Why Emergency Medical Technicians ask for consent!
Have you ever wondered why an EMT or Paramedic always asks for consent? Why do they always explain what they are doing? Maybe we don't want an episode like this.
There are five types of consent that an EMT, Paramedic, or Firefighter can obtain. They are an expressed consent, informed, implied, minor and involuntary consent. An informed consent consist of procedures being expressed to the patient and explicit permission is given before the medic proceeds.
Expressed consent is just like an informed consent. The patient has given the EMS personnel the right to proceed after he/she has been informed of the assessment, procedures and any related risks that might come from said procedures.
Implied consent is also known as an Emergency Doctrine. An Emergency Medical Technician assumes that a patient that is unresponsive or incompetent would consent to emergency care if he/she could.
Minor consent is obtained by the parent or legal guardian. There may be cases when a parent or legal guardian is unavailable. An EMT would then assume that an implied consent or Emergency Doctrine is assumed.
Last but not least is the involuntary consent. This is consent from a mentally incompetent adult or an individual in custody of law enforcement or the court. EMS personnel will need a third party, legal guardian, LEO, or officer of the court to deem the patient unable to make such a decision or take care of themselves.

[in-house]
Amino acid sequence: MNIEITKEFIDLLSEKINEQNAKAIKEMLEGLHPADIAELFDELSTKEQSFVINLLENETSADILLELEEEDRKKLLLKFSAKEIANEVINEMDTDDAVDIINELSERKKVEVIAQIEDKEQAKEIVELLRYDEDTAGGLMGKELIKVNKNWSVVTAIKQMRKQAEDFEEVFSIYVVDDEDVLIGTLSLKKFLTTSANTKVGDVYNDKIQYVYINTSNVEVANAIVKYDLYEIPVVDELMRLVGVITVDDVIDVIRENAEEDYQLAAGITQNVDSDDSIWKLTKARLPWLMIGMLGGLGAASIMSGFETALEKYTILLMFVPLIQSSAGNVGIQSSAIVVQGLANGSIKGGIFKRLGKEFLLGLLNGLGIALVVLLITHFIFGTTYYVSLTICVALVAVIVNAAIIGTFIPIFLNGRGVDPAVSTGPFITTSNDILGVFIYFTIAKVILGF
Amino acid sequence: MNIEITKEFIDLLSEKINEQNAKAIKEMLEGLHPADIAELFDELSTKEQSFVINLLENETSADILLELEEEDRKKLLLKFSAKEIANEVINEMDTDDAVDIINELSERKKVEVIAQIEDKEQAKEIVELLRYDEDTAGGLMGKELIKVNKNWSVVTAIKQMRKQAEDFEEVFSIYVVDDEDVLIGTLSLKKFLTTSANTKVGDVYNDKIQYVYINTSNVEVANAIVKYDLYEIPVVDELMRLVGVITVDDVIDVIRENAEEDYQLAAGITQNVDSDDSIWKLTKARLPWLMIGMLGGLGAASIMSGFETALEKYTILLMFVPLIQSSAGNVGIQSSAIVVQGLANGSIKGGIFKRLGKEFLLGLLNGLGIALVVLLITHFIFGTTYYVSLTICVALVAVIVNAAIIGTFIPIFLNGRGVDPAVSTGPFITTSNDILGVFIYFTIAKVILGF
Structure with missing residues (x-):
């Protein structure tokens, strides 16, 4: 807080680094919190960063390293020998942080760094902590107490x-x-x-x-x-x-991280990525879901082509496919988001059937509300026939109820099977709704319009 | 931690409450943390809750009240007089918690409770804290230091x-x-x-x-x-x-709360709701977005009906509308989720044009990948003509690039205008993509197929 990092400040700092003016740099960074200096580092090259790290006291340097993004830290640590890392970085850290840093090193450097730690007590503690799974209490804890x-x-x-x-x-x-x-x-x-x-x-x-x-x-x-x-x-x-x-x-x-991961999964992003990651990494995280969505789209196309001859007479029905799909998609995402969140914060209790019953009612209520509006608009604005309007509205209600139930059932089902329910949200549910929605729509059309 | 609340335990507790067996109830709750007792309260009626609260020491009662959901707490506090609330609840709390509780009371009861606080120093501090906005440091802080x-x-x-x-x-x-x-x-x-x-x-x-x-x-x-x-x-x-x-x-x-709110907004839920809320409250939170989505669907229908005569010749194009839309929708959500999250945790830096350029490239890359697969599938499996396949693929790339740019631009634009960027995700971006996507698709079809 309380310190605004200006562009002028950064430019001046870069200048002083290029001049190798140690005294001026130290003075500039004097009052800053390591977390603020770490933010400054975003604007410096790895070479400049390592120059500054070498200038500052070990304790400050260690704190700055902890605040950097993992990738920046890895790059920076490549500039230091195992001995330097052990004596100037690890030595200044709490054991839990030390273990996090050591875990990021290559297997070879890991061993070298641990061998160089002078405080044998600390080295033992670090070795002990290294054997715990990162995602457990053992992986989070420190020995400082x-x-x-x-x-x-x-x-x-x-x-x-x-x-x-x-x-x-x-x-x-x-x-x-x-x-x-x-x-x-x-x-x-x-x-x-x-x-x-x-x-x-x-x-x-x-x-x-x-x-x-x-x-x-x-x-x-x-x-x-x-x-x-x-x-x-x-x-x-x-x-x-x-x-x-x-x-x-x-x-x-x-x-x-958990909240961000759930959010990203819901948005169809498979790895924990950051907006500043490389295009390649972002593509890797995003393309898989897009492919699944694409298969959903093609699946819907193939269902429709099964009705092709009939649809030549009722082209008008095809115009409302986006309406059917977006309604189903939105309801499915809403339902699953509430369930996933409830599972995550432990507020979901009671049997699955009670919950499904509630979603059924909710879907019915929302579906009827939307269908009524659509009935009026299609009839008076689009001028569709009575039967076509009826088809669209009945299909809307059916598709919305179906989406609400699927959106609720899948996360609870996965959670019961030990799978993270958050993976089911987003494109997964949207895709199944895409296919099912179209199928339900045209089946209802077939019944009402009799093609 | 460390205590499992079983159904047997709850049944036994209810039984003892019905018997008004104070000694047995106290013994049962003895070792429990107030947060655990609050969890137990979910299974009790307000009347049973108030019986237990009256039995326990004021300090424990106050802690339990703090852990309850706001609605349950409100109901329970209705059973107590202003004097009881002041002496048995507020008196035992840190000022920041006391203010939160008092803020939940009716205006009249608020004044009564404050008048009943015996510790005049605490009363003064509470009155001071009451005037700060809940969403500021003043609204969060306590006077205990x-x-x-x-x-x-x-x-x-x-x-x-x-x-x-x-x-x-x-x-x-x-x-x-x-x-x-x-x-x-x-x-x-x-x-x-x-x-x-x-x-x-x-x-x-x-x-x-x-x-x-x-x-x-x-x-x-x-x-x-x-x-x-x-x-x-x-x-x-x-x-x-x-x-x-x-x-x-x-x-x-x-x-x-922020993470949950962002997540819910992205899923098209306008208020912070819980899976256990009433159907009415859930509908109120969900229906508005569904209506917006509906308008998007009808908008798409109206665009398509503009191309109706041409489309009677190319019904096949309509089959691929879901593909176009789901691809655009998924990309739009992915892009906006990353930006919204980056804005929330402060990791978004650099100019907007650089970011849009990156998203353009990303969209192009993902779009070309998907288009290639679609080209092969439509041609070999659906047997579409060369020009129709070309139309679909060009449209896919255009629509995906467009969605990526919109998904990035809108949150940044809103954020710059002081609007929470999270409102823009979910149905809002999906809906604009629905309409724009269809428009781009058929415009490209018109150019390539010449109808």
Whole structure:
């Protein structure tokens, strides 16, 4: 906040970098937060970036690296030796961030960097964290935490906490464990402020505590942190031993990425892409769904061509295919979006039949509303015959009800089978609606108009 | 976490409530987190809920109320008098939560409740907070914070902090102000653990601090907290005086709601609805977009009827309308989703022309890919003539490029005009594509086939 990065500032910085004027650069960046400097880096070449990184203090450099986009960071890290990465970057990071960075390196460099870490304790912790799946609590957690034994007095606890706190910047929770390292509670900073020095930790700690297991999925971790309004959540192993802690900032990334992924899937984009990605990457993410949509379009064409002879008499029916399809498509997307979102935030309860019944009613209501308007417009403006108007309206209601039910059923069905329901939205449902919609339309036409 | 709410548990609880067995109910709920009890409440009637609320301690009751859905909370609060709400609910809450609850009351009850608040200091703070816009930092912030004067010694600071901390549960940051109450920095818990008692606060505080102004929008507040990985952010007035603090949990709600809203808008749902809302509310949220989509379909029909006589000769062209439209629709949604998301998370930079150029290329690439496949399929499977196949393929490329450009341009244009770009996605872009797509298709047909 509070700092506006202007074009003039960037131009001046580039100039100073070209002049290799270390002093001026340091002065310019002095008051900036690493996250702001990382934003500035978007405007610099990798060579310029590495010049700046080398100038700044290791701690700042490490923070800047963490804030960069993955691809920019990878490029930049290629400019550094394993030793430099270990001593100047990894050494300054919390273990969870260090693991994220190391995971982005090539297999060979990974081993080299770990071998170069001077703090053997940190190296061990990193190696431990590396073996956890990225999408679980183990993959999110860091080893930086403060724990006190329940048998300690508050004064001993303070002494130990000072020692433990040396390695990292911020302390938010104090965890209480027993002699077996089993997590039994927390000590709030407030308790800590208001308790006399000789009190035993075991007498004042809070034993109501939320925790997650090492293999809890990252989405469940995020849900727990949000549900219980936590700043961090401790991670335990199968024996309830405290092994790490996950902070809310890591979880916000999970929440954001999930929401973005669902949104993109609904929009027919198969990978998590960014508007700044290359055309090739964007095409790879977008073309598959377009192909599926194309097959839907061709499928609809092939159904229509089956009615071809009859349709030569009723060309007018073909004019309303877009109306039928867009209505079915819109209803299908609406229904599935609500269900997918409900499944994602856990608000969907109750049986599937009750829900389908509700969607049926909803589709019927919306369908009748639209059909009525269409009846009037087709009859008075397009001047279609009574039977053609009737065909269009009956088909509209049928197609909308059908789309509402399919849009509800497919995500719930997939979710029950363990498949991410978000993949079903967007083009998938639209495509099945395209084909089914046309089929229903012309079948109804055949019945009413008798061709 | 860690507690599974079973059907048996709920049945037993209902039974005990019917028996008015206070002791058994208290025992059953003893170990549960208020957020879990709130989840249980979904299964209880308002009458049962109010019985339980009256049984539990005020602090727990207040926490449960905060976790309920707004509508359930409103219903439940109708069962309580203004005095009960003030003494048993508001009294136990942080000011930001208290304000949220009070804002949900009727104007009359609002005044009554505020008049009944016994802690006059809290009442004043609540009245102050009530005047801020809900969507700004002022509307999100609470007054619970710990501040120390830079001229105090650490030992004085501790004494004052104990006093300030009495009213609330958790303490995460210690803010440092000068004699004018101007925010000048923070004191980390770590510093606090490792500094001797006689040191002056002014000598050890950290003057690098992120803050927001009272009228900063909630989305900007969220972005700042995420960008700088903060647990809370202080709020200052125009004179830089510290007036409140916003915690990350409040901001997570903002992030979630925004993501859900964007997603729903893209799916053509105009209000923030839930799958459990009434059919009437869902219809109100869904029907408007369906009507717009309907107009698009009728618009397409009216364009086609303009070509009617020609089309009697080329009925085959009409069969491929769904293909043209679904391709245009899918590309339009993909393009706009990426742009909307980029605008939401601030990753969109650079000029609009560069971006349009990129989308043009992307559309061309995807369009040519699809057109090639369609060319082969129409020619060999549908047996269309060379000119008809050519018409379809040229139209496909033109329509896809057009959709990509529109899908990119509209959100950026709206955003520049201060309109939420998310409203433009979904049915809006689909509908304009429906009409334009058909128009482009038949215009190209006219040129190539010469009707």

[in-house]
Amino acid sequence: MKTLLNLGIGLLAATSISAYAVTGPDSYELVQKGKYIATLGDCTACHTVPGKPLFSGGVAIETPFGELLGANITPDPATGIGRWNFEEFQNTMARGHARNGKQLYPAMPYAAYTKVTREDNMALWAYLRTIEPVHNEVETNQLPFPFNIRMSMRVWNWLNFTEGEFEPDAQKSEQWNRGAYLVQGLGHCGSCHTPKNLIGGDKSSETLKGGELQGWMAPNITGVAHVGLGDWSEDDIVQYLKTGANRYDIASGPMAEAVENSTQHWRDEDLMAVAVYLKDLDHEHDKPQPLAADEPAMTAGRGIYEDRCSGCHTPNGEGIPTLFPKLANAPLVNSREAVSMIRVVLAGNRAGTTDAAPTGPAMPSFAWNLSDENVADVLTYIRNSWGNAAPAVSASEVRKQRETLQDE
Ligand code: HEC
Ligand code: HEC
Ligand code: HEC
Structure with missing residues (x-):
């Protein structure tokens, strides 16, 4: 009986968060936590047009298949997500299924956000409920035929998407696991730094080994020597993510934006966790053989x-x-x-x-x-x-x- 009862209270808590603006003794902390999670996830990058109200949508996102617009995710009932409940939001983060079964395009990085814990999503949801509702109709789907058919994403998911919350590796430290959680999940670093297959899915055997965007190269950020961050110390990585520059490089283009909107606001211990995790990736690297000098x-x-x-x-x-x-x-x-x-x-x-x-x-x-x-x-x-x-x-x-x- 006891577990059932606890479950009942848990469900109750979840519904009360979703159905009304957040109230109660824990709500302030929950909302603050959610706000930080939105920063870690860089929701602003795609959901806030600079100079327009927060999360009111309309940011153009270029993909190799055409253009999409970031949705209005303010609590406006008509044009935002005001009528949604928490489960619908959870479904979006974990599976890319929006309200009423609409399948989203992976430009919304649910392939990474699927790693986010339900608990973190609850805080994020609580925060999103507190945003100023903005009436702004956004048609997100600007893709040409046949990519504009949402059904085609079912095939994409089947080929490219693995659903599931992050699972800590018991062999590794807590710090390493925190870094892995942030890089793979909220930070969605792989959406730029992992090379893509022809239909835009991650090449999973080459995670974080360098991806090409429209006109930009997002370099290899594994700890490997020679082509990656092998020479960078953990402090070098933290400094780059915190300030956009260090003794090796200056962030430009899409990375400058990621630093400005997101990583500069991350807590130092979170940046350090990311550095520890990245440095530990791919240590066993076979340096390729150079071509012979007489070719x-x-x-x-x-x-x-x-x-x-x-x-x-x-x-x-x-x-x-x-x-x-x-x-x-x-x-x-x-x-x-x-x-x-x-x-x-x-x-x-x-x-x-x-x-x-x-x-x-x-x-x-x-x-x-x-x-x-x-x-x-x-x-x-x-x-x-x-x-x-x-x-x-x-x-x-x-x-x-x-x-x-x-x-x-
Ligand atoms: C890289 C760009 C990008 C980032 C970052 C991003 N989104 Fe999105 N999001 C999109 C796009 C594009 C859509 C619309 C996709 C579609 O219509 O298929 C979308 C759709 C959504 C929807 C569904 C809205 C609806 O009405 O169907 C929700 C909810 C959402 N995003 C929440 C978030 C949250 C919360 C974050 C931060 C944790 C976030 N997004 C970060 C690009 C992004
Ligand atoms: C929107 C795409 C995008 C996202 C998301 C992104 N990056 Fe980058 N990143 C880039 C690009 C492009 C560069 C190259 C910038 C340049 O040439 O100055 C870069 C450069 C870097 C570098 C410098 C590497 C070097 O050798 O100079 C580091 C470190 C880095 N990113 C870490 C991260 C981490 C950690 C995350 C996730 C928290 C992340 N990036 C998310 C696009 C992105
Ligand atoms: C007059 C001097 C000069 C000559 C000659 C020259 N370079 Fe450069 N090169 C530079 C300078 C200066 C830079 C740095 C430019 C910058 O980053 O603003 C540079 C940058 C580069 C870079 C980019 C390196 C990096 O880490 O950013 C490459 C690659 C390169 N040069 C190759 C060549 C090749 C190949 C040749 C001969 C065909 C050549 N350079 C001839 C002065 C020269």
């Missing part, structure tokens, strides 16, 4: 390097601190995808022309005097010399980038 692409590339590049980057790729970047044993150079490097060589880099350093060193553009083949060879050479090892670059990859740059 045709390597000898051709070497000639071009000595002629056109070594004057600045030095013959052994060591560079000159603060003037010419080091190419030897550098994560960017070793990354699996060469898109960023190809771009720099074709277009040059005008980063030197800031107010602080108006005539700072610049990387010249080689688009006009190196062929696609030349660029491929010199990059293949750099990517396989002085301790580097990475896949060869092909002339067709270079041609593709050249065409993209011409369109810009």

Personally this last one can be a little tricky. For others, it might be smooth sailing on scene. Where I'm employed we have several clients who are part of the mental health department or on the verge of being quite senile. At times I wonder if an involuntary consent would come into play. Perhaps something I might need to bring up at work. Thankfully, those three famous questions come into play. "What is the date? What's your name? and Who is our current President always comes into play." If patients are unable to answer these questions there is a high degree of likeliness that they may not be able to express consent for treatment.
The important thing is that consent must be obtained due to the fact that it's policy, the client might be a minor, or there might be a "Do Not Resuscitate" or directive filed with the Pt. In the next blog post, I'll discuss the different types of directives that an EMT, Paramedic, or Firefighter might have to deal with.